The Italian-born silent-film star, photographer and model Tina Modotti took this picture in Mexico in 1927. She had moved to live full-time in Mexico City from Los Angeles four years earlier with her lover and fellow photographer Edward Weston and the pair of them became part of an artistic avant garde that included Diego Rivera and Frida Kahlo. Modotti used her photographs to advance the cause of the campesinos – the mass of peasant farmers who demanded the agrarian reform they had fought for in the revolution and civil war of the previous decade. The headline of the newspaper here is a cry for fair redistribution: “All of the land, not pieces of the land!”
The newspaper El Machete had been founded by a group of artists and journalists under the slogan: “The machete is used to reap cane, kill snakes, end strife, and humble the pride of the impious rich.” Modotti had taken that message to heart, creating compositions like this one which conveyed, beautifully, both the unity of the campesinos – individually faceless under their traditional sombreros – and their subversive collective will. By 1927 she had split from Weston and was in a relationship with a Communist party leader, Xavier Guerrero.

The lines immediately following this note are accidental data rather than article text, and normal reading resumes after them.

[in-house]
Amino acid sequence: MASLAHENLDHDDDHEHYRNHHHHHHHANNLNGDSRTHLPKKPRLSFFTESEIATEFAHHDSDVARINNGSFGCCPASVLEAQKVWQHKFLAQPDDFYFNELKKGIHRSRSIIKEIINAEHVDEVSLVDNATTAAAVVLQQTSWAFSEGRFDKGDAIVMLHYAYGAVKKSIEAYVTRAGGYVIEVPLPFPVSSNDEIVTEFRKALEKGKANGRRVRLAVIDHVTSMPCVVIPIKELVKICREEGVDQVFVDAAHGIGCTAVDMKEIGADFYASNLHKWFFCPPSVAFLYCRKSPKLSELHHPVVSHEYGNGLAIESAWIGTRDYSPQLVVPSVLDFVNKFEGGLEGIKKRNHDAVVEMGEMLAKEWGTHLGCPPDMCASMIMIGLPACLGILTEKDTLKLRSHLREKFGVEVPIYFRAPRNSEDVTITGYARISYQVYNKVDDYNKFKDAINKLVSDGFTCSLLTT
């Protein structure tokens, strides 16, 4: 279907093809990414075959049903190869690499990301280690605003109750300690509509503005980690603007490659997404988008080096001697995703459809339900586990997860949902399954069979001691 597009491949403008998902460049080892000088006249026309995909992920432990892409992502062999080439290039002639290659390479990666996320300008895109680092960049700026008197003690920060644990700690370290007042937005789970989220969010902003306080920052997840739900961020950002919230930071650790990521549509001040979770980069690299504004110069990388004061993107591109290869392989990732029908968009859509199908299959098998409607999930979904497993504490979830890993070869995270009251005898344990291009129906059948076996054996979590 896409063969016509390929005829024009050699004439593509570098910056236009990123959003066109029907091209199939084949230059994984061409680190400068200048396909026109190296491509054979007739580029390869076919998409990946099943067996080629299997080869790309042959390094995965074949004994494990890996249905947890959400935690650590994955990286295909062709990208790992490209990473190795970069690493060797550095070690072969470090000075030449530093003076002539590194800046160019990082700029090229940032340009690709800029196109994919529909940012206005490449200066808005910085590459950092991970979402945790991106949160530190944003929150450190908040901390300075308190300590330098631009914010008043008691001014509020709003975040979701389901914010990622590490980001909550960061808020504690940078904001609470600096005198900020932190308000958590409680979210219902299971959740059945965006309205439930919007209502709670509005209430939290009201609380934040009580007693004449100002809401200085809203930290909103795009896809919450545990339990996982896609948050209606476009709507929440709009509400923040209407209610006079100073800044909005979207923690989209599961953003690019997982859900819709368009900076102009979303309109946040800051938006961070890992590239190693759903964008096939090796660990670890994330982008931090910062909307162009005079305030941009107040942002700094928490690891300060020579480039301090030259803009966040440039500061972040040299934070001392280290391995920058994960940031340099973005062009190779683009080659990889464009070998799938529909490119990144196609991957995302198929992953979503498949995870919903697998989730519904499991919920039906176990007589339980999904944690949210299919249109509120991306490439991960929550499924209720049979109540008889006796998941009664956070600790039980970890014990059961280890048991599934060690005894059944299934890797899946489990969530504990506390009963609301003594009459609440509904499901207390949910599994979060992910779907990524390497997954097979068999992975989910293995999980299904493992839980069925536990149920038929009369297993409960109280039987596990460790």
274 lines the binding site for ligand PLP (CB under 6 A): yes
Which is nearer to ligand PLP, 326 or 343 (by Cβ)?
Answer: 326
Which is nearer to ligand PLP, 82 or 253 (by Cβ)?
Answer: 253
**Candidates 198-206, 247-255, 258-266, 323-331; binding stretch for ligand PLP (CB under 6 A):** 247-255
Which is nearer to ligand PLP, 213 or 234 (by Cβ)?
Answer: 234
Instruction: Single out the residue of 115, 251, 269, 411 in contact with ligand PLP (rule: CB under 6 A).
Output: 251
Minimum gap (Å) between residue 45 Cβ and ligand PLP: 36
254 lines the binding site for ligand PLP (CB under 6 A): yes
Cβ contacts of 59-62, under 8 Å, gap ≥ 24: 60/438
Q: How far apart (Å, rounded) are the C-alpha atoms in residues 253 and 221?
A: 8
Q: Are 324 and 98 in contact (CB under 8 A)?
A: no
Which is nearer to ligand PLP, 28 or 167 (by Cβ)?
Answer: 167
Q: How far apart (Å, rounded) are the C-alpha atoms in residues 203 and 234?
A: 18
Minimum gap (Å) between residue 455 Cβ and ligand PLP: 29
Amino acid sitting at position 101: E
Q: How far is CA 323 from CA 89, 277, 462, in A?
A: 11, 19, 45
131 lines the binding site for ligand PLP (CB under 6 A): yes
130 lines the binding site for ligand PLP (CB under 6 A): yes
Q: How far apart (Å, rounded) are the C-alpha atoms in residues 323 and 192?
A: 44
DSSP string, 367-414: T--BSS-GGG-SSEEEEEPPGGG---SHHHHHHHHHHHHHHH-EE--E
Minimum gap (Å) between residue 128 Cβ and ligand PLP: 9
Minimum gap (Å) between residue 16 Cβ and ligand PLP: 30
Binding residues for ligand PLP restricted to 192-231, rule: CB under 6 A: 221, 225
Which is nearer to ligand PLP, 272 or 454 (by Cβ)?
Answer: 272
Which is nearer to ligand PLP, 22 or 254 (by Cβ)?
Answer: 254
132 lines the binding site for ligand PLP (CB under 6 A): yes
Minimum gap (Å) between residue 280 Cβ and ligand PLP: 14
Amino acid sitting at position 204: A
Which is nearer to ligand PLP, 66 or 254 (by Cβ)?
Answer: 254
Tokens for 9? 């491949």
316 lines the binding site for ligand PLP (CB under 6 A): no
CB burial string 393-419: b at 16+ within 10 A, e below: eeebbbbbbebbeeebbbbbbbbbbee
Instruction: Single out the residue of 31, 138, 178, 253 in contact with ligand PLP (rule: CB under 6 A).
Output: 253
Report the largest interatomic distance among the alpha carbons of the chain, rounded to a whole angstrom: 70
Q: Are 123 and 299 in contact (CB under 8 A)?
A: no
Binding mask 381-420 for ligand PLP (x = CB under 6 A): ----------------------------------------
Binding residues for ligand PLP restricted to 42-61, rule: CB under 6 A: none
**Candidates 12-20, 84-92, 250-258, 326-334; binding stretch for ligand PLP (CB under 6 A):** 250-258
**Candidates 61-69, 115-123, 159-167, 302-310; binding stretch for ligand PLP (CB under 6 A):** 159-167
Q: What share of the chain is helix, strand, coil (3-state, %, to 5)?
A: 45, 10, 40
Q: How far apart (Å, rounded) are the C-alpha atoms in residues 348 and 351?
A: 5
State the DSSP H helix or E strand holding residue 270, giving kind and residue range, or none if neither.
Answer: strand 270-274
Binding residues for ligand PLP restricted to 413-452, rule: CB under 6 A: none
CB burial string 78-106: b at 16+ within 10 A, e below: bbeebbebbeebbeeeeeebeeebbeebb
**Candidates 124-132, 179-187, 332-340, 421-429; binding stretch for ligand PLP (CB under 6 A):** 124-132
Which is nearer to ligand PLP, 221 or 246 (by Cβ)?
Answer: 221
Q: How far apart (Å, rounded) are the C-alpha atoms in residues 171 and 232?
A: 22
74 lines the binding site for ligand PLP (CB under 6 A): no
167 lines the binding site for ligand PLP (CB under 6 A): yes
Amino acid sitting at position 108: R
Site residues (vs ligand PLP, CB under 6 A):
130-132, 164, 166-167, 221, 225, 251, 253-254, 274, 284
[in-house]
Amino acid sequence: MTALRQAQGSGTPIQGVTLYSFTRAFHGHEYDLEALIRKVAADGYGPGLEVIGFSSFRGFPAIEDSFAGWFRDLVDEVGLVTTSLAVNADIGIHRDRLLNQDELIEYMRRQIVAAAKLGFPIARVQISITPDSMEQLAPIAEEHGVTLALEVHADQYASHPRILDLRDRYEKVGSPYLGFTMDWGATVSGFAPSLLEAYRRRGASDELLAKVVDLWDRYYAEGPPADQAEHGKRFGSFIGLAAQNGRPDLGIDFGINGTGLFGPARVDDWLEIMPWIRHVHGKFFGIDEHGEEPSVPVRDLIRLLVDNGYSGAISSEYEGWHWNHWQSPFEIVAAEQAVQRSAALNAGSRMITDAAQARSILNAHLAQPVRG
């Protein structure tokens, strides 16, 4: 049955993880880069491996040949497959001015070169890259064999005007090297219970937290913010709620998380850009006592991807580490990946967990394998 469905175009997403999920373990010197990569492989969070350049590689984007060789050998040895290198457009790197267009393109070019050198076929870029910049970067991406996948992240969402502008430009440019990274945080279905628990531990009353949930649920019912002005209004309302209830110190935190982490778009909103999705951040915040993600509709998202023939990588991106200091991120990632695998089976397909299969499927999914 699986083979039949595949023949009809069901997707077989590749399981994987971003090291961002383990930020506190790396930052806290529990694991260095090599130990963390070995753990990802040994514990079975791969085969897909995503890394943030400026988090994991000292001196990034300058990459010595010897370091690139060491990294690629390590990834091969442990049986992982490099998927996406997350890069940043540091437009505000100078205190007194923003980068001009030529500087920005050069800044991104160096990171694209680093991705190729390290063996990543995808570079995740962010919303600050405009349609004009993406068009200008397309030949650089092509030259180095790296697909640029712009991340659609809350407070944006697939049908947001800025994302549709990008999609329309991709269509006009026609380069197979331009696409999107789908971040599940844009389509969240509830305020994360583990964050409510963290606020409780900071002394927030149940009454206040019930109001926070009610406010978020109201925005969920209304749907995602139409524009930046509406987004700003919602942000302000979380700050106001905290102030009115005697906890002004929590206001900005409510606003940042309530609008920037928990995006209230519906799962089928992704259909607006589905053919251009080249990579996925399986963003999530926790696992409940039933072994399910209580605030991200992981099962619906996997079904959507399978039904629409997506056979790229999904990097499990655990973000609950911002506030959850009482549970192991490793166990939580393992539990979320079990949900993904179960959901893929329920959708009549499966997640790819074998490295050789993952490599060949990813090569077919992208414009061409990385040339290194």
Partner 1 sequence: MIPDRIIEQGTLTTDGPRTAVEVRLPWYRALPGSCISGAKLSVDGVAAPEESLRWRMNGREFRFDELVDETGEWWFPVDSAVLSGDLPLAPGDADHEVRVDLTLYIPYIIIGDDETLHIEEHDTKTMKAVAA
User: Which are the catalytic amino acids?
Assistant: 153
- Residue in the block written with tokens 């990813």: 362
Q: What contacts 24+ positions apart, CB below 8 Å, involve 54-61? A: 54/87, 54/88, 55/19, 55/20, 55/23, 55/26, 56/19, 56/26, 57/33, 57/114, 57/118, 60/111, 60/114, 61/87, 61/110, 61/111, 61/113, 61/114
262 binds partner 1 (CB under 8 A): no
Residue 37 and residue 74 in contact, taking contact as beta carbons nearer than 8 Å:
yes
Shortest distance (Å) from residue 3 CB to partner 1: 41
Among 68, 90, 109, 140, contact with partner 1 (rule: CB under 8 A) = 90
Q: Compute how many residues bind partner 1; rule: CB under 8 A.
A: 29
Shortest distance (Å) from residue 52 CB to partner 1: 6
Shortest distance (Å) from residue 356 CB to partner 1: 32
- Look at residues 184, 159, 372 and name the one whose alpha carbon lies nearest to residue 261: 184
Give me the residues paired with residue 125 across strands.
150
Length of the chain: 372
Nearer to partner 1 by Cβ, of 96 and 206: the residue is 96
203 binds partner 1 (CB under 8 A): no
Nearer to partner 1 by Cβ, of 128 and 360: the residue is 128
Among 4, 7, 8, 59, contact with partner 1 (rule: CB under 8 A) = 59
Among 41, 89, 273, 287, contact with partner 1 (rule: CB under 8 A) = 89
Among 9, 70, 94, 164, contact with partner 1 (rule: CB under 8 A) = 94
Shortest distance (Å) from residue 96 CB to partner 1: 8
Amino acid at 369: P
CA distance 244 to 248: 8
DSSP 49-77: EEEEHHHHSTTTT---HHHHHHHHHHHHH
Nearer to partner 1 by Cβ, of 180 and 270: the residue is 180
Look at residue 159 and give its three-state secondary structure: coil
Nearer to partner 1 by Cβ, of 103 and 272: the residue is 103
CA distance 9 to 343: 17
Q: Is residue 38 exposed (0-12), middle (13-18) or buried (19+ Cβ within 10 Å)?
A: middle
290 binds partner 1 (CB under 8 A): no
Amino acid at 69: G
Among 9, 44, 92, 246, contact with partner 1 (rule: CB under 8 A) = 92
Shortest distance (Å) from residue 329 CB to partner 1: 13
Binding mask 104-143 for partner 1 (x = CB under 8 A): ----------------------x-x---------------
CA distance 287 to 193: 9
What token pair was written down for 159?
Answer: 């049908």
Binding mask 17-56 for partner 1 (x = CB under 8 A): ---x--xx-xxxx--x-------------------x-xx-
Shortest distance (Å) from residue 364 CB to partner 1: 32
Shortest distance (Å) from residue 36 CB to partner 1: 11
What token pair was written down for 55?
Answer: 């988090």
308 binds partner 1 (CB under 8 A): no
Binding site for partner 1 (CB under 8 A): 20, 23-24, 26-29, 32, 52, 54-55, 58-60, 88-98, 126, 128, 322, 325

The picture was included in Modotti’s only lifetime solo exhibition in Mexico City in 1929, which resulted in her being expelled from the country for refusing to renounce her seditious beliefs. It is included in a full retrospective of Modotti’s work at the Foam gallery in Amsterdam later this month. Modotti made very few pictures – after leaving Mexico she married another revolutionary in Moscow and gave up photography altogether, a fact that has given her work enormous value. An original print of this picture sold for $225,000 (£184,000) at Sotheby’s in New York in 2015.
Source : The Guardian